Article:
The people gathered for the VFW 2015 Thanksgiving Dinner (c) 2015 Saradunn

The people gathered for the VFW 2015 Thanksgiving Dinner
(c) 2015 Saradunn

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POW/MIA Remembrance Service table for one. (c) 2015 Saradunn

POW/MIA Remembrance Service table for one.
(c) 2015 Saradunn


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Thanksgiving dinner at the VFW hall 2015. (c) 2015  Saradunn

Thanksgiving dinner at the VFW hall 2015.
(c) 2015 Saradunn


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VFW Thanksgiving Meal (c) 2015 Saradunn

VFW Thanksgiving Meal
(c) 2015 Saradunn


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Carrot Cake, other desserts were lemon, blueberry, pumpkin,and apple pie and several kinds of delicious cookies... mine was soft molasses with white chocolate chips.

Carrot Cake, other desserts were lemon, blueberry, pumpkin,and apple pie and several kinds of delicious cookies… mine was soft molasses with white chocolate chips.


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Today, several veterans and myself joined other veterans and their families and friends at the VFW for a Thanksgiving dinner…no charge. They started with the singing of Star Spangled Banner, Pledge of Allegiance, and a ceremony for the POA/MIA with a table set for one…which the symbolism was explained. This was very moving to hear and watch.
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At the end of this blog, I have a copy of the ceremony for the POA/MIA.
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The dinner was very nice.. Turkey, dressing, gravy, mashed potatoes, vegetables and rolls. Pickles and olives on the table. Coffee served. They made up plates and served us…and then a choice of pies,and cookies… I had a molasses cookie with white choc chips… really good.

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Below I have the service that started our meal at the VFW (Veterans of Foreign Wars)
Thanksgiving dinner. If was the first time I really heard the service due to a hearing loss.
I had put in a hearing enhancer (over the counter hearing appliance) and was filled with
gratitude for those whose company I was enjoying today.

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The following is a suggested POW/MIA Remembrance Service to be used at American Legion meetings, banquets, luncheons or memorial gatherings in conjunction with the POW/MIA flag draped over an empty chair. The service can be adopted or modified appropriately. Members should remove their caps during this service.

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Those who have served, and those currently serving in the uniformed services of the United States,

are ever mindful that the sweetness of enduring peace

has always been tainted by the bitterness of personal sacrifice.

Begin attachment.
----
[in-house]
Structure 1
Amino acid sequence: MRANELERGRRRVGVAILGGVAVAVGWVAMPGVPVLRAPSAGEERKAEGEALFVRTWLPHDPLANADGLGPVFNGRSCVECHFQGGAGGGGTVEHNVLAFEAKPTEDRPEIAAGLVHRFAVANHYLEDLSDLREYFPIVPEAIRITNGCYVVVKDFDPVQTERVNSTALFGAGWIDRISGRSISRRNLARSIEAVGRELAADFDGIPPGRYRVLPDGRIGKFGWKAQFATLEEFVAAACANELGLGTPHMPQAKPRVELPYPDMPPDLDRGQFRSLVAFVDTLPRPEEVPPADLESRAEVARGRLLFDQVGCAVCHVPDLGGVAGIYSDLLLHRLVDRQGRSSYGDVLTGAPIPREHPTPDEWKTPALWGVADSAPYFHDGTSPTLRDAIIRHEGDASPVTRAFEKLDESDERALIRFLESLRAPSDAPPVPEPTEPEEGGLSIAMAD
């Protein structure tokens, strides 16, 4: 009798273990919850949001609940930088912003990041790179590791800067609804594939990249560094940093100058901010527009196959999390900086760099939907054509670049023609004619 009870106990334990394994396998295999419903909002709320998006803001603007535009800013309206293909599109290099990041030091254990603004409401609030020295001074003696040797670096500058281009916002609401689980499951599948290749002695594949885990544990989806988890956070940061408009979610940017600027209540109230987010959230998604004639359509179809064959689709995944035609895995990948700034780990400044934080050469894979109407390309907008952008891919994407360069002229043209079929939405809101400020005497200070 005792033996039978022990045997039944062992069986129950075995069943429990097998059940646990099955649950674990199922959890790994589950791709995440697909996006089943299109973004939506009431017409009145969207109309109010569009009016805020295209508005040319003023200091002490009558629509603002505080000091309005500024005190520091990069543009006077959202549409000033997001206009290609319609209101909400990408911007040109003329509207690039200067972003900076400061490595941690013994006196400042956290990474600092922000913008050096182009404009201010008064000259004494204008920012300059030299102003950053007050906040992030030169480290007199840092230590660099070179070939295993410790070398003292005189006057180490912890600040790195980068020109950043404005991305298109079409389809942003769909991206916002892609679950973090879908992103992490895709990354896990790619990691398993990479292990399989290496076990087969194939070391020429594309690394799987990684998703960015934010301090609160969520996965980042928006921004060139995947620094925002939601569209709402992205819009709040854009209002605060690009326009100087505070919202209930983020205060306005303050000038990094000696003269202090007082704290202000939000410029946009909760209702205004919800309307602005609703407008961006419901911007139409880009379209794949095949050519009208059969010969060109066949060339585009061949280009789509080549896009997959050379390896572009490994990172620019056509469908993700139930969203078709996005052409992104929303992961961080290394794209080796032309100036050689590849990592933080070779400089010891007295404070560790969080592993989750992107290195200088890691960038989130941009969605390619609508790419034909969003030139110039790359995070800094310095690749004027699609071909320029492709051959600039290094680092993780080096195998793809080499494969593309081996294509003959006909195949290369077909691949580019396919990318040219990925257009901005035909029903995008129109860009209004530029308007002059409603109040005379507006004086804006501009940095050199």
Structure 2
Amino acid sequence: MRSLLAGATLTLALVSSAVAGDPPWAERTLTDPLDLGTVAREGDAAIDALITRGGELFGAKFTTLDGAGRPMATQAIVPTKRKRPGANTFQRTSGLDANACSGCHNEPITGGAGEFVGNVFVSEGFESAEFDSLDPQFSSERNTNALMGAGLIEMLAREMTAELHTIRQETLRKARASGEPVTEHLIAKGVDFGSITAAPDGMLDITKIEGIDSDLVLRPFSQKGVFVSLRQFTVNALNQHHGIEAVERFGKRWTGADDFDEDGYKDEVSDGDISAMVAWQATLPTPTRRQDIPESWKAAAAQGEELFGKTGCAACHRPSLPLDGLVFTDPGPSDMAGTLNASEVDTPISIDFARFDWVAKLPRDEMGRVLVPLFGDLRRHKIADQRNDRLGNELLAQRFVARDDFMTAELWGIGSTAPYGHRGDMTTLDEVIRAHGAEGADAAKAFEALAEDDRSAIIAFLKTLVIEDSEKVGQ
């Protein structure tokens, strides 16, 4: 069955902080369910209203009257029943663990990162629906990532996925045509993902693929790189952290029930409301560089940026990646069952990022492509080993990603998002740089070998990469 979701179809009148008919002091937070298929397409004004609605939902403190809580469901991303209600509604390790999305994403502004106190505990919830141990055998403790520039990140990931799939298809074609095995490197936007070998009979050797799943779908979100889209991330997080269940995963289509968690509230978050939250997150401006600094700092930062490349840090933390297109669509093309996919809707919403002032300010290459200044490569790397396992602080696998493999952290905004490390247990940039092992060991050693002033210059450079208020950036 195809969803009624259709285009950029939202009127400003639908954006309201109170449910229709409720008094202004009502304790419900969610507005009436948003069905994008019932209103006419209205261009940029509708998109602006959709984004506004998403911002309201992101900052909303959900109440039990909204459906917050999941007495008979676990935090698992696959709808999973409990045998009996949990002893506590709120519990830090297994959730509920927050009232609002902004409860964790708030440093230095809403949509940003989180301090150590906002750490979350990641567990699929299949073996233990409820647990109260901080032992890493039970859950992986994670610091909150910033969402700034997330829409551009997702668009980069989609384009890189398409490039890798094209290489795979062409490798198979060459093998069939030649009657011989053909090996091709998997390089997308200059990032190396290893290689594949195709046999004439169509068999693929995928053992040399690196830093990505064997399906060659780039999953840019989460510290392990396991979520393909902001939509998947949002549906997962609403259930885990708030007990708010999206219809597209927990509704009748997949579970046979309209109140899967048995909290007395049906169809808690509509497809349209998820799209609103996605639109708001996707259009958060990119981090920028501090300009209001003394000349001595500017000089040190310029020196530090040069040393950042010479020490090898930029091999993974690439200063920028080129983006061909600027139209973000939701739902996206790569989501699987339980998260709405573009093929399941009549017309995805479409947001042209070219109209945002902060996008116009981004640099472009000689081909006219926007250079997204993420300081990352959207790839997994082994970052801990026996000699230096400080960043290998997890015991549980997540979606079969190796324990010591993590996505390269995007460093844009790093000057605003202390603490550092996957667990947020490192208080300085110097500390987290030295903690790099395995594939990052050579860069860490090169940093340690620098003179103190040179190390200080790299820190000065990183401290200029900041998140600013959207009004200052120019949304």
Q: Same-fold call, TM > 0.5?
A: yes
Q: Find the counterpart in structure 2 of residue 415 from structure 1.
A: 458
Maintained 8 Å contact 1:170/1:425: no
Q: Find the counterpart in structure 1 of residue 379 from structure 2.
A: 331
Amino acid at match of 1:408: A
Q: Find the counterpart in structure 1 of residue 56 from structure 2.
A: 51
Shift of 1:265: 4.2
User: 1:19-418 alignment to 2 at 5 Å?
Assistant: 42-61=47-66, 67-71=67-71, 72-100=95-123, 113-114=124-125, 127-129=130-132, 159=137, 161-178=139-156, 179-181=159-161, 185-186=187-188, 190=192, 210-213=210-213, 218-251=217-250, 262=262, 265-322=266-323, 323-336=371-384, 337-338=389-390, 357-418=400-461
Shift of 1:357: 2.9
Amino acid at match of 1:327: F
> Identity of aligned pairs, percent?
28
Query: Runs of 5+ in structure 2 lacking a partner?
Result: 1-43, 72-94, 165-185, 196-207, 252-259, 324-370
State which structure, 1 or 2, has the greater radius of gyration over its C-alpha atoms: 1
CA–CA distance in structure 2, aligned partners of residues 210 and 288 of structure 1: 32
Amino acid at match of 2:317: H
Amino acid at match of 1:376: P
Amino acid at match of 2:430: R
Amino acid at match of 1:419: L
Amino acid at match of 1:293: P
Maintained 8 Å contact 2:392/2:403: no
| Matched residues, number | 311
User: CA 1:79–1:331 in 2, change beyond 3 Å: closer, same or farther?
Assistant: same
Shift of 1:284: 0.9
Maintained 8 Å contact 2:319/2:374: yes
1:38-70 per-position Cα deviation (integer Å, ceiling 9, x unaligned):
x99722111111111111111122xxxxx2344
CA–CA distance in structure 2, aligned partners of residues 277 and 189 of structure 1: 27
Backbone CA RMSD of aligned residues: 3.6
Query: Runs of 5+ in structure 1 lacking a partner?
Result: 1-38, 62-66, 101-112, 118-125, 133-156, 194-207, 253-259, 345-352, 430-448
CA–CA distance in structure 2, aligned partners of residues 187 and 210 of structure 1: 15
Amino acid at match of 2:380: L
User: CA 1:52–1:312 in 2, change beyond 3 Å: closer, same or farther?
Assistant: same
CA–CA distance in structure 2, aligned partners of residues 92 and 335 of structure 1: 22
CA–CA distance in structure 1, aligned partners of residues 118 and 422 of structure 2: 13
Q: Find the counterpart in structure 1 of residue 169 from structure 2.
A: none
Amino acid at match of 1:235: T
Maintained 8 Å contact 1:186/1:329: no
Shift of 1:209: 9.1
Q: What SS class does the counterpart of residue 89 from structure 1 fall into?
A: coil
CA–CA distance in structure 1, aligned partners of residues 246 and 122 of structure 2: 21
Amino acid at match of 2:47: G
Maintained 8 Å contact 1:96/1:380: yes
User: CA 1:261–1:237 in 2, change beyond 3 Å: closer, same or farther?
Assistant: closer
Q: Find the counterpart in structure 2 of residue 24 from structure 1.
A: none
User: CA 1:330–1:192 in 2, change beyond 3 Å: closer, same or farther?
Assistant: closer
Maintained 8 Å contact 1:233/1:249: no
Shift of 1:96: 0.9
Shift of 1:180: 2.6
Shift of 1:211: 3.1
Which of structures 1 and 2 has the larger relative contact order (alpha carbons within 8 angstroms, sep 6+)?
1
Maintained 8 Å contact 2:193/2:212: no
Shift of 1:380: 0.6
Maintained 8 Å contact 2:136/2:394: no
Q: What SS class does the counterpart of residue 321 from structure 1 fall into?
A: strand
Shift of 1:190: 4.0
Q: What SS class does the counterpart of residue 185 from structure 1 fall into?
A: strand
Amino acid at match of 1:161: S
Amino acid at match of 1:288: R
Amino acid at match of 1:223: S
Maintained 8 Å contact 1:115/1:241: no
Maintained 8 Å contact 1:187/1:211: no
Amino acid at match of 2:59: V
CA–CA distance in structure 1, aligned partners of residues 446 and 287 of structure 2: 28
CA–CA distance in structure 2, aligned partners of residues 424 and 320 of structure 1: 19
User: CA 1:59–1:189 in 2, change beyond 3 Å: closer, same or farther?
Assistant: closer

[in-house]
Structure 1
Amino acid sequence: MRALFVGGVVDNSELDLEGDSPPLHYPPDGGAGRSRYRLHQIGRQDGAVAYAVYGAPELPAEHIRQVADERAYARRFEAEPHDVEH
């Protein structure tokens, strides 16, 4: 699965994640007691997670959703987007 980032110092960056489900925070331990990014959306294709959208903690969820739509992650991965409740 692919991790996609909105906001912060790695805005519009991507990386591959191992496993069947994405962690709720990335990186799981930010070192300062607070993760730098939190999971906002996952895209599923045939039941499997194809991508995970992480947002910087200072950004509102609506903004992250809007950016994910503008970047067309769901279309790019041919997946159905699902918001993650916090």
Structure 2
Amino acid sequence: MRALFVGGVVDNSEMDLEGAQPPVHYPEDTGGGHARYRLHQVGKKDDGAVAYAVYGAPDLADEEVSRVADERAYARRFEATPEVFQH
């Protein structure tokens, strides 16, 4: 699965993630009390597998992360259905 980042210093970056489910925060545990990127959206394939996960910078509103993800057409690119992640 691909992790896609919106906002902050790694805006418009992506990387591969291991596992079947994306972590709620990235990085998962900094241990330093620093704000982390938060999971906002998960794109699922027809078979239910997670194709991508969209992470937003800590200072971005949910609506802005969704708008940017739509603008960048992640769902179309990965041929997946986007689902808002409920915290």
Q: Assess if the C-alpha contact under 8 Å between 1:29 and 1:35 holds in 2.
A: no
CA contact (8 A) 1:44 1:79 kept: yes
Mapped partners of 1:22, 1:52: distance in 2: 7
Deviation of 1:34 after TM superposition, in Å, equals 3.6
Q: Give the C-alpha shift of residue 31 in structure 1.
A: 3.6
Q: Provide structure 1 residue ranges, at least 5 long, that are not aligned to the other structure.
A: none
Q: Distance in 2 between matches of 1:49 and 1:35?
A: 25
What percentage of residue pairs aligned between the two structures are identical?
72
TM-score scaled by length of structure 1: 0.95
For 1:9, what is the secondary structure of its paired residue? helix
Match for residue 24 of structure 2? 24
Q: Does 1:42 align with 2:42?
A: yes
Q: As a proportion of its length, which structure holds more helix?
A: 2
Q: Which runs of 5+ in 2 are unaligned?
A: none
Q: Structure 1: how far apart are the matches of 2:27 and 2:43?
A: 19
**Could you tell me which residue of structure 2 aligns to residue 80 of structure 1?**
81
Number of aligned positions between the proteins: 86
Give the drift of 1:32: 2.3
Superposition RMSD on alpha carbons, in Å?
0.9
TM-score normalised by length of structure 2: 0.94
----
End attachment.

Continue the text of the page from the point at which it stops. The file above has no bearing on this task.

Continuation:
We are compelled to never forget that while we enjoy our daily pleasures,

there are others who have endured

and may still be enduring the agonies of pain, deprivation and imprisonment.

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Before we begin our activities, we pause to recognize our POWs and MIAs.

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We call your attention to this small table

which occupies a place of dignity and honor.

It is set for one,

symbolizing the fact

that members of our armed forces are missing from our ranks.

They are referred to as POWs and MIAs.

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We call them comrades.

They are unable to be with their loved ones and families,

so we join together to pay humble tribute to them,

and to bear witness to their continued absence.

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The table is small,

symbolizing the frailty of one prisoner,

alone against his or her suppressors.

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The tablecloth is white,

symbolic of the purity of their intentions to respond to their Country’s call to arms.

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The single rose in the vase

signifies the blood they may have shed in sacrifice

to ensure the freedom of our beloved United States of America.

This rose also reminds us

of the family and friends of our missing comrades who keep faith,

while awaiting their return.

The red ribbon on the vase represents

an unyielding determination for a proper accounting of our comrades

who are not among us.

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A slice of lemon on the plate

reminds us of their bitter fate.

The salt sprinkled on the plate reminds us

of the countless fallen tears of families as they wait.

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The glass is inverted,

they cannot toast with us at this time.

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The chair is empty. They are NOT here.

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The candle is reminiscent

of the light of hope,

which lives in our hearts to illuminate

their way home, away from their captors,

to the open arms of a grateful nation.

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The American flag reminds us

that many of them may never return –

and have paid the supreme sacrifice to insure our freedom.

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Let us pray to the Supreme Commander

that all of our comrades will soon be back within our ranks.

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Let us remember – and never forget their sacrifice.

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May God forever watch over them and protect them and their families.

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